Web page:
Italy has the most important significant variety of olive biodiversity in the world. A FAO study describes 538 different varieties in Italy, representing 42% of the global total. Among these, each variety is the expression of its land, its air, its local culture, and the work of the people who grow it.
Today we present two different producers who, growing different varieties in different regions, are united by the same passion, and by the fact you can meet them for yourself at Terra Madre!
Azienda Agricola Damiano
What ingredient – besides basil! – better represents the gastronomy of Liguria than the taggiasca olive? In the province of Imperia, a few kilometers inland from the coast, the Damiano family – Tiziano Damiano, Stefania Merano and their two children – have been taking care of a grove of 8000 olive trees of the taggiasca variety for over 20 years, using the oil to make a monovarietal oil and other products.
The business started in 2004, when Tiziano and Stefania decided to combine the lands owned by their parents. As Stefania puts it: “We started with a few trees, just over 500. Slowly the demand for oil grew and so did our business, to the point that we began to employ others, though we’re still much more a family than a business.” In recent times, the Damiano family took another step, installing a mill on the grounds. “It was an important decision because it means we can guarantee that our olives are processed in the shortest time possible and that our oil maintains a high level of quality. There’s enormous satisfaction in following every stage of the process.”
A perfect example of regeneration
The effort and care required to grow olives is not to be taken lightly, especially here, where the groves are located in separate plots and at different altitudes over a range of 30 kilometers, and they’re cultivated without the use of herbicides. “Caring for the plants and harvesting is hard work. We can’t just leave sheets on the ground like they do in the lowland plains; our olives need to be beaten with a net under the tree, using long poles. Each tree, one by one.”
Despite these difficulties, or perhaps because of them, their link with the land is strong. “We’ve always tried to protect the taggiasca olive, and we’ve bought land from older people in the area who weren’t able to harvest any more. We couldn’t allow these olive groves to risk abandonment.” It’s a perfect example of territorial regeneration.
At the Market of Terra Madre
The Market at Terra Madre Salone del Gusto is a unique opportunity to discover and compare the gastronomic products of people who put their hearts and souls into their production. The Market is free to enter: no ticket or registration is required. There’s no better occasion to meet the people behind some of the finest culinary offerings in the world, all in one place.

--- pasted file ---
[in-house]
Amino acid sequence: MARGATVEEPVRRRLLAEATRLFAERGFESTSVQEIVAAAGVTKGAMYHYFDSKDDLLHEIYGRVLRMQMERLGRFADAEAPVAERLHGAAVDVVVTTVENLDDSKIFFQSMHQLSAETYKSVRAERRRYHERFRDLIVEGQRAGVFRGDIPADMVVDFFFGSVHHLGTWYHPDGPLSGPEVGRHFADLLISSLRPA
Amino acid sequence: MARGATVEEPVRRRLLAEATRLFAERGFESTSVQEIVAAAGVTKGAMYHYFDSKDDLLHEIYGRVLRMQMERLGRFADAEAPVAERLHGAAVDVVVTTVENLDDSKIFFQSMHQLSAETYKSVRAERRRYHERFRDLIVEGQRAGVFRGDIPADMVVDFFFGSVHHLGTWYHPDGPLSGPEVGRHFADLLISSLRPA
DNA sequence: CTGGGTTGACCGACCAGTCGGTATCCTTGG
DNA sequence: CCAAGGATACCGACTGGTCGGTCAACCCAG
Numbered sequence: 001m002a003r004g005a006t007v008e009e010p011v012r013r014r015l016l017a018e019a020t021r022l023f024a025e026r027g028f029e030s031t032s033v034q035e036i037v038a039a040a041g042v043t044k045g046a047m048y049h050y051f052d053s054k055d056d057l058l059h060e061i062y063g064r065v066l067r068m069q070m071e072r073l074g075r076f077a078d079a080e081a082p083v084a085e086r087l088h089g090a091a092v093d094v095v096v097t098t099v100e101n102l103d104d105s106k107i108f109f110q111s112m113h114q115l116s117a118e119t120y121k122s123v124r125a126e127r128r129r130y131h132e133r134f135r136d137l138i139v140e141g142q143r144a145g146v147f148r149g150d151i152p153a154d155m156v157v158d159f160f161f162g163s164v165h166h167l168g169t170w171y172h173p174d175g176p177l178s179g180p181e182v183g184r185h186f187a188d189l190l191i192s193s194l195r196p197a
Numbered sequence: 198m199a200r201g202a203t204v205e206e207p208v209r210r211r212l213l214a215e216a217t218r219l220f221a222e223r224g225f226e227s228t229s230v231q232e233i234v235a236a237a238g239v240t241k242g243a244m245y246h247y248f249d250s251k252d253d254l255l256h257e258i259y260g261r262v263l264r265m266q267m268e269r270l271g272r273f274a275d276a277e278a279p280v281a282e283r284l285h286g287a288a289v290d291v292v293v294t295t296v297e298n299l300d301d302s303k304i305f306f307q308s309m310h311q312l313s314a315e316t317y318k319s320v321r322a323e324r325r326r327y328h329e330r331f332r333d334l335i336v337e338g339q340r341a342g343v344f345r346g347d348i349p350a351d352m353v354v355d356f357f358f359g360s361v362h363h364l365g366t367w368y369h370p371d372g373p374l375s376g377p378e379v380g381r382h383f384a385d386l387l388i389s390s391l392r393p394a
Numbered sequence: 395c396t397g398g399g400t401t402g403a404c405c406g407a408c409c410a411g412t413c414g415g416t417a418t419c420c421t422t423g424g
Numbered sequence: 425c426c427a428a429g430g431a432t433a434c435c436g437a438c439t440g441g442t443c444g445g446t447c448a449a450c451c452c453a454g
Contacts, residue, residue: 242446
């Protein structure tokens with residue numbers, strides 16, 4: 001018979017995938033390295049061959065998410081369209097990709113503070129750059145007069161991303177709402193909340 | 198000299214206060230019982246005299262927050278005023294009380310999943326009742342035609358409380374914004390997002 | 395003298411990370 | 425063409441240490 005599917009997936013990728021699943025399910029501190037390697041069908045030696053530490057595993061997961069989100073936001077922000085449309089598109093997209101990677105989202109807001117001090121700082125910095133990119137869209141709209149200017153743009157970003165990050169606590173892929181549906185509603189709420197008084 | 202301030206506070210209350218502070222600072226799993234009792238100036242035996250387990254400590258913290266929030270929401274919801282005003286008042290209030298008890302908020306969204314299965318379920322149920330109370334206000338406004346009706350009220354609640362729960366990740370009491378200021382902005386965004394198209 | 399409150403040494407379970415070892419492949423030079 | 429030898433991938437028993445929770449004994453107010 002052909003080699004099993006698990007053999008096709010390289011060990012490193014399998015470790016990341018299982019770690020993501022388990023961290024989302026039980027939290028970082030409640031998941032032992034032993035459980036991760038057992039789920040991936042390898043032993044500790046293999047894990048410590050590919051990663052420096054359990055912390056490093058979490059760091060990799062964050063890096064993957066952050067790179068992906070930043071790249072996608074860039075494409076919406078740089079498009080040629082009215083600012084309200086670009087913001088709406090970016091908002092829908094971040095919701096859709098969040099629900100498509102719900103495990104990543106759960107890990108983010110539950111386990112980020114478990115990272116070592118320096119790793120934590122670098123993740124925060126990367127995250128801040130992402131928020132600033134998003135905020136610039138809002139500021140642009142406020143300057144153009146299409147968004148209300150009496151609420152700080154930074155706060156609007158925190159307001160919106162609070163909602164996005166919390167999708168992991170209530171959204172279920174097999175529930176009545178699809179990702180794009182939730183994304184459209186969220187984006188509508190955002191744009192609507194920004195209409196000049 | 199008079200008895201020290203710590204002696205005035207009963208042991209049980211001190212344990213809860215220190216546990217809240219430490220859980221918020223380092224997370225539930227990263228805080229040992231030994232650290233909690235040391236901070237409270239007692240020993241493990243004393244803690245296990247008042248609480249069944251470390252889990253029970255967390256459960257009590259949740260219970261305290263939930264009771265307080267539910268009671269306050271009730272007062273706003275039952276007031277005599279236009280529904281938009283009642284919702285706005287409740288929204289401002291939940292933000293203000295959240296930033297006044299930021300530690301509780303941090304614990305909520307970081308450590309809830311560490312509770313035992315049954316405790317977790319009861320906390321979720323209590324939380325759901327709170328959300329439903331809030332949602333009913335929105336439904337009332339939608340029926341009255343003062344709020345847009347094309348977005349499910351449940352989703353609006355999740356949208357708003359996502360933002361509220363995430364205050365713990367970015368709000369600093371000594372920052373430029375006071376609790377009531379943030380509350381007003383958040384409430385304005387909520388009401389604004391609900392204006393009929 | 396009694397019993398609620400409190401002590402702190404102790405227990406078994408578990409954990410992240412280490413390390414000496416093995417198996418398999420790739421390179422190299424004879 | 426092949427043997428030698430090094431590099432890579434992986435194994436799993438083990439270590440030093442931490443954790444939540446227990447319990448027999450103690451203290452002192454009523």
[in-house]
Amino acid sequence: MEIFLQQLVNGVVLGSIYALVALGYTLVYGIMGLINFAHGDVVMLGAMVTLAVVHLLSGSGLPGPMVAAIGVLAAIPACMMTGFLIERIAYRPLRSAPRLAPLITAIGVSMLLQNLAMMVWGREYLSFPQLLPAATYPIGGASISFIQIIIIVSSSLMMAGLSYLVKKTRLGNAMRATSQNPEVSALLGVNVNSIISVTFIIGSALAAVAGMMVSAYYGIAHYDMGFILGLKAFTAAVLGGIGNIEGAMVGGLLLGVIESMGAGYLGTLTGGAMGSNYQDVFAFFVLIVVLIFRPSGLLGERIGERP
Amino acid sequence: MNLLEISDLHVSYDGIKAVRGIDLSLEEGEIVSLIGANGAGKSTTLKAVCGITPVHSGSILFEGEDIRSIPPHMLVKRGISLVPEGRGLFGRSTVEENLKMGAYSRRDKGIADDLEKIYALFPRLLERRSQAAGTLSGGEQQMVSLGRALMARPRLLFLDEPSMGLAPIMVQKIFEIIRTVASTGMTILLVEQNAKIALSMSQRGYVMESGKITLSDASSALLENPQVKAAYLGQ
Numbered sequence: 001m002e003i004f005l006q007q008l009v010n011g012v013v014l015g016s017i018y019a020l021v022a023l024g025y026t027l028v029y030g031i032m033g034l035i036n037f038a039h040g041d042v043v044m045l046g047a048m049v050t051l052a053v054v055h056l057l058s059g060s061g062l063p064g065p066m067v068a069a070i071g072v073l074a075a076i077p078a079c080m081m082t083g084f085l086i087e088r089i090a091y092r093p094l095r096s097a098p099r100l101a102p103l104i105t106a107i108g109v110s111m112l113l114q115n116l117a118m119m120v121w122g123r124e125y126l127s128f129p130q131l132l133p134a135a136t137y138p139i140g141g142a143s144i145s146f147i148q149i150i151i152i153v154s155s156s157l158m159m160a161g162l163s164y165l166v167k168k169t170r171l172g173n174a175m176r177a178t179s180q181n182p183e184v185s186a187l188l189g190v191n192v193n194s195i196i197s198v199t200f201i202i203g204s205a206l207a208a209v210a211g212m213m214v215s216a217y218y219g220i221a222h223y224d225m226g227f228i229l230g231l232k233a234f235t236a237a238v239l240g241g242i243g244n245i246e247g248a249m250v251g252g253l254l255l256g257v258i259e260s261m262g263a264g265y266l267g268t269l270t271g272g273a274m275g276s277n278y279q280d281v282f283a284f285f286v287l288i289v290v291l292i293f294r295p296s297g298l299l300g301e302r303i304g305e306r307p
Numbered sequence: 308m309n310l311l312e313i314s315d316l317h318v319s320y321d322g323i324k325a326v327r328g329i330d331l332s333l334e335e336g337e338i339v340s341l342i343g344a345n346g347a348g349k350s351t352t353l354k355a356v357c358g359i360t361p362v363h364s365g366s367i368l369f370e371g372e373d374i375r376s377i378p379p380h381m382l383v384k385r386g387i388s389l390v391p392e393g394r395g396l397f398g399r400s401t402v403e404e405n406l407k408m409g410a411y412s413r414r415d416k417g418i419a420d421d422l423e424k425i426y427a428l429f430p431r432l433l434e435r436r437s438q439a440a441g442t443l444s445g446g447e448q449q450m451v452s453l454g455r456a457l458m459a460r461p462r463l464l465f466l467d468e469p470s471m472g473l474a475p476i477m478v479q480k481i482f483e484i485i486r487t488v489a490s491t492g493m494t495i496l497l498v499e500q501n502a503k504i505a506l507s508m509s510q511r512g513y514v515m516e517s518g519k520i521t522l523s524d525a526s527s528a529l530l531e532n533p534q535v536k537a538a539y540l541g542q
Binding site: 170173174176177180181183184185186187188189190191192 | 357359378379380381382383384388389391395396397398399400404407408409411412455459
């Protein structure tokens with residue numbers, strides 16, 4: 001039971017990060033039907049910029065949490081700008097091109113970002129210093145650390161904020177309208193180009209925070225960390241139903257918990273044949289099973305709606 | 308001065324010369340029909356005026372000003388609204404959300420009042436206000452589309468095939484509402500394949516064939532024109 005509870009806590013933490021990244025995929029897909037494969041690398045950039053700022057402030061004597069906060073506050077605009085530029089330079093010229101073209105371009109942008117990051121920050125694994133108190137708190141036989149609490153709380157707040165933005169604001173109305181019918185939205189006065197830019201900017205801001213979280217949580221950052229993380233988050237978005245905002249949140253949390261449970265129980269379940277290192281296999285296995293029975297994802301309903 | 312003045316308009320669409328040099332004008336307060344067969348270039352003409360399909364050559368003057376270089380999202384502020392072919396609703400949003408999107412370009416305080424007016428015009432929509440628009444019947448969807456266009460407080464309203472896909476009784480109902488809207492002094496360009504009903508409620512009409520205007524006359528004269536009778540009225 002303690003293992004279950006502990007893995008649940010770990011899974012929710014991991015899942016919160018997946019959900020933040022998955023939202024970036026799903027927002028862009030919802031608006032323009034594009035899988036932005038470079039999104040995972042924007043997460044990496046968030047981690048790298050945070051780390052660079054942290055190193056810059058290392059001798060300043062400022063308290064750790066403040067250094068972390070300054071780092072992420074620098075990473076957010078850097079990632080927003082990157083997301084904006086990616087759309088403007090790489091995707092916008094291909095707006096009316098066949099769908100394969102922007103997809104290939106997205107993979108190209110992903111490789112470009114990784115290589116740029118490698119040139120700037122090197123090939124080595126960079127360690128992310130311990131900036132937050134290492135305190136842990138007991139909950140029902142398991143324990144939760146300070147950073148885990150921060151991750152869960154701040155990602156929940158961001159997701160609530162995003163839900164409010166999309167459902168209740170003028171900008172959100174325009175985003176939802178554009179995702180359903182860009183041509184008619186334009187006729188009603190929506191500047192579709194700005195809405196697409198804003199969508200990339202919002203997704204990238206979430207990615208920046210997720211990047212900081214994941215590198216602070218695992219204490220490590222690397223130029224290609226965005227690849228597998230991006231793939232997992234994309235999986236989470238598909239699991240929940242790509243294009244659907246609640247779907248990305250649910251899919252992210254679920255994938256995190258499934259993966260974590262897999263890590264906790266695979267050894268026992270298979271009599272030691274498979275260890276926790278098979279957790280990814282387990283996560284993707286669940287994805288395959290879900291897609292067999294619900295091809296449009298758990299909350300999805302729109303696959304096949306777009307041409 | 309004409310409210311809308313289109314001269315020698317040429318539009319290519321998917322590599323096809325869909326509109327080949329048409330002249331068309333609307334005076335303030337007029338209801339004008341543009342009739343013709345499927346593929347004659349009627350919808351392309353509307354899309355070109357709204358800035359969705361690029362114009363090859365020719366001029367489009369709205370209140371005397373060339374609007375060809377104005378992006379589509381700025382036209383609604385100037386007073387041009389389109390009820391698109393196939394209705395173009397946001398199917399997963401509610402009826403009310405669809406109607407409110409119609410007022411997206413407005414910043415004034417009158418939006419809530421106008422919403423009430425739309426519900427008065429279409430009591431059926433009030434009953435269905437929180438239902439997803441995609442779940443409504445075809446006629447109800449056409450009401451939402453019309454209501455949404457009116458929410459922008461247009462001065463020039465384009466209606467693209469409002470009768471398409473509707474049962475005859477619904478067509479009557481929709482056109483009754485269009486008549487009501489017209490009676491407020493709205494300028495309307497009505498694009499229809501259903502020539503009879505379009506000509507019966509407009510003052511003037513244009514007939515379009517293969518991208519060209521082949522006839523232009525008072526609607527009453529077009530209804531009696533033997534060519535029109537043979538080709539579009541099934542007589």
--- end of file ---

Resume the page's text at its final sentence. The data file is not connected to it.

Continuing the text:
Azienda Agricola Piccolo
The second olive oil producer we feature is from Puglia. Here, over half a century ago, in 1955, Riccardo Piccolo began his first steps as an olive grower in the countryside he grew up in. He learned the trade and just seven years after beginning work he started a business of his own: Agricola Piccolo. Today, at his farmhouse in Torre di Bocca, his sons Giuseppe and Salvatore keep the family tradition going. Curious and enthusiastic, they’ve worked to improve their techniques of harvest and processing over the years, and the result is an exceptional olive oil: The Coratina monocultivar is widespread in the region around Andria. It’s a fruity oil, with an artichoke aftertaste and aromas of the local grasses.
Between tradition and innovation
With respect for the land and the product, the two brothers work to find the right equilibrium between the past and present. They safeguard the precious knowledge handed down to them, using natural fertilizers, ecological practices and cold extraction. But they’re not immune to technological innovation either to help get the best of out of the olives in the process of their transformation into oil, as sales manager Antonella Piccolo tells us. “Andria is the home of the green gold, but there’s lots to learn, lots of little details that, if you pay attention to them, will allow you to produce olive oil worthy of the name.”
There’s no shortage of difficulties here, either. “Drought is a real menace. Without rain the land can’t feed the plants. The risk is that the olives dry out and fall to ground before they’re ripe. And the thermal shocks are another problem: the plants suffer in the tight cold of the winter and the 45°C we see in summer. The work of the farmer becomes ever more a case of reducing damage and caring for the plants and the land itself.”
Stories and links with the land
The Piccolo brothers are closely tied to their land, and besides the perfume of their extra virgin olive oil, this connection can be seen elsewhere too. Because talking about olive oil often means telling related stories too, like the traditional Pugliese ceramic vases, called orci. “Our oil travels around the world. We have clients in Japan, the USA, the Arab world. Thanks to the orci containers we use we can also provide work for the local artisans who make them. We’re proud of that,” Antonella tells us. “But the greatest satisfaction is the knowledge that we’re working well. Our hope is to be able to share the work with the world once more at Terra Madre.”